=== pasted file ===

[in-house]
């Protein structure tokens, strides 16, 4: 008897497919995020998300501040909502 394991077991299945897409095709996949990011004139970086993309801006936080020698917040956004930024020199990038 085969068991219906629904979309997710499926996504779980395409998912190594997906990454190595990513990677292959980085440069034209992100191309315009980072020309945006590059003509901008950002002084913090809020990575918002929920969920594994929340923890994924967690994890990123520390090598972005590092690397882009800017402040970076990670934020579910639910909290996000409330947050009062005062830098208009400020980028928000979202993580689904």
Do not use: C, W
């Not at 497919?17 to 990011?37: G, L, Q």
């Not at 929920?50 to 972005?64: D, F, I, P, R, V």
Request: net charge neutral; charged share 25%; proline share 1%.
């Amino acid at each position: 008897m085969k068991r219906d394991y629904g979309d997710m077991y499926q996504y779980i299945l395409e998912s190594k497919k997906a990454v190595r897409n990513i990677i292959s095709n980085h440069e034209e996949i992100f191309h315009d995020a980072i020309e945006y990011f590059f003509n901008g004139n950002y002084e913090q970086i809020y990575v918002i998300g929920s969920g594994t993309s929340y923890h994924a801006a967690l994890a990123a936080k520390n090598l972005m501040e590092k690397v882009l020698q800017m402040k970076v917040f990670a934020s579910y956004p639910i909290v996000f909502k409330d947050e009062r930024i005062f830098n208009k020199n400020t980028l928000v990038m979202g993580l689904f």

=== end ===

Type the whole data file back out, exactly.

[in-house]
């Protein structure tokens, strides 16, 4: 008897497919995020998300501040909502 394991077991299945897409095709996949990011004139970086993309801006936080020698917040956004930024020199990038 085969068991219906629904979309997710499926996504779980395409998912190594997906990454190595990513990677292959980085440069034209992100191309315009980072020309945006590059003509901008950002002084913090809020990575918002929920969920594994929340923890994924967690994890990123520390090598972005590092690397882009800017402040970076990670934020579910639910909290996000409330947050009062005062830098208009400020980028928000979202993580689904």
Do not use: C, W
């Not at 497919?17 to 990011?37: G, L, Q």
């Not at 929920?50 to 972005?64: D, F, I, P, R, V």
Request: net charge neutral; charged share 25%; proline share 1%.
């Amino acid at each position: 008897m085969k068991r219906d394991y629904g979309d997710m077991y499926q996504y779980i299945l395409e998912s190594k497919k997906a990454v190595r897409n990513i990677i292959s095709n980085h440069e034209e996949i992100f191309h315009d995020a980072i020309e945006y990011f590059f003509n901008g004139n950002y002084e913090q970086i809020y990575v918002i998300g929920s969920g594994t993309s929340y923890h994924a801006a967690l994890a990123a936080k520390n090598l972005m501040e590092k690397v882009l020698q800017m402040k970076v917040f990670a934020s579910y956004p639910i909290v996000f909502k409330d947050e009062r930024i005062f830098n208009k020199n400020t980028l928000v990038m979202g993580l689904f």